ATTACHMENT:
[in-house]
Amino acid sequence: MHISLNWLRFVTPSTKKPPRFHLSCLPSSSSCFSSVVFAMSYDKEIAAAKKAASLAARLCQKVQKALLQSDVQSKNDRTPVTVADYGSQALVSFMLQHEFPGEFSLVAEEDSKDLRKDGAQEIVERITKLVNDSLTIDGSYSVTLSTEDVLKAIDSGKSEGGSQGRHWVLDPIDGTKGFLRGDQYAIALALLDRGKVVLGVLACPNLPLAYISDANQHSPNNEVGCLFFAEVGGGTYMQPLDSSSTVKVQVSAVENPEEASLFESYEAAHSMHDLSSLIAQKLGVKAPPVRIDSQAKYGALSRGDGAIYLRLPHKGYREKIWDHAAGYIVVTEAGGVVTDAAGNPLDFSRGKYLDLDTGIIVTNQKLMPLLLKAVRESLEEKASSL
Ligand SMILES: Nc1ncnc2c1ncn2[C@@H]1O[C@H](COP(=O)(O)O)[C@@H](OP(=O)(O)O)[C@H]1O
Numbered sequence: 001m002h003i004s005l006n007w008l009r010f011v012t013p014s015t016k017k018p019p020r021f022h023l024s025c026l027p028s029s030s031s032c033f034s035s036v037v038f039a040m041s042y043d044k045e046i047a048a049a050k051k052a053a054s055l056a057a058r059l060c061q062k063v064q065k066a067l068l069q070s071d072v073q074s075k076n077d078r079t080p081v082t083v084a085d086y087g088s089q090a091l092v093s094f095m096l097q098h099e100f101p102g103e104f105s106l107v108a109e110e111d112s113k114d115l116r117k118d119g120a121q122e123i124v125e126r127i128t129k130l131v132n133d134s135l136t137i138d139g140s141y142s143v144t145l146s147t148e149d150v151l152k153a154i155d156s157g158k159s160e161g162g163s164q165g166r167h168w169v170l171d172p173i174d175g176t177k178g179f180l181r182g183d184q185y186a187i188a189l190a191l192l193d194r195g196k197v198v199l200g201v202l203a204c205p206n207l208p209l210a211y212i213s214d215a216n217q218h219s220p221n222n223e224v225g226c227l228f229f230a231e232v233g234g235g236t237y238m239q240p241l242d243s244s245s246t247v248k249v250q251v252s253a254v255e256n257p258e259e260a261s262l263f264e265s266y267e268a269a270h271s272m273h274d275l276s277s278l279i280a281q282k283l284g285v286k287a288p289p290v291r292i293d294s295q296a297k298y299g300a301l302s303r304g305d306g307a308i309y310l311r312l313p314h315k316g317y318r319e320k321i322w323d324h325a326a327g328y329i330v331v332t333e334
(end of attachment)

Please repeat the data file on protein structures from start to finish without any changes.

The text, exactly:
[in-house]
Amino acid sequence: MHISLNWLRFVTPSTKKPPRFHLSCLPSSSSCFSSVVFAMSYDKEIAAAKKAASLAARLCQKVQKALLQSDVQSKNDRTPVTVADYGSQALVSFMLQHEFPGEFSLVAEEDSKDLRKDGAQEIVERITKLVNDSLTIDGSYSVTLSTEDVLKAIDSGKSEGGSQGRHWVLDPIDGTKGFLRGDQYAIALALLDRGKVVLGVLACPNLPLAYISDANQHSPNNEVGCLFFAEVGGGTYMQPLDSSSTVKVQVSAVENPEEASLFESYEAAHSMHDLSSLIAQKLGVKAPPVRIDSQAKYGALSRGDGAIYLRLPHKGYREKIWDHAAGYIVVTEAGGVVTDAAGNPLDFSRGKYLDLDTGIIVTNQKLMPLLLKAVRESLEEKASSL
Ligand SMILES: Nc1ncnc2c1ncn2[C@@H]1O[C@H](COP(=O)(O)O)[C@@H](OP(=O)(O)O)[C@H]1O
Numbered sequence: 001m002h003i004s005l006n007w008l009r010f011v012t013p014s015t016k017k018p019p020r021f022h023l024s025c026l027p028s029s030s031s032c033f034s035s036v037v038f039a040m041s042y043d044k045e046i047a048a049a050k051k052a053a054s055l056a057a058r059l060c061q062k063v064q065k066a067l068l069q070s071d072v073q074s075k076n077d078r079t080p081v082t083v084a085d086y087g088s089q090a091l092v093s094f095m096l097q098h099e100f101p102g103e104f105s106l107v108a109e110e111d112s113k114d115l116r117k118d119g120a121q122e123i124v125e126r127i128t129k130l131v132n133d134s135l136t137i138d139g140s141y142s143v144t145l146s147t148e149d150v151l152k153a154i155d156s157g158k159s160e161g162g163s164q165g166r167h168w169v170l171d172p173i174d175g176t177k178g179f180l181r182g183d184q185y186a187i188a189l190a191l192l193d194r195g196k197v198v199l200g201v202l203a204c205p206n207l208p209l210a211y212i213s214d215a216n217q218h219s220p221n222n223e224v225g226c227l228f229f230a231e232v233g234g235g236t237y238m239q240p241l242d243s244s245s246t247v248k249v250q251v252s253a254v255e256n257p258e259e260a261s262l263f264e265s266y267e268a269a270h271s272m273h274d275l276s277s278l279i280a281q282k283l284g285v286k287a288p289p290v291r292i293d294s295q296a297k298y299g300a301l302s303r304g305d306g307a308i309y310l311r312l313p314h315k316g317y318r319e320k321i322w323d324h325a326a327g328y329i330v331v332t333e334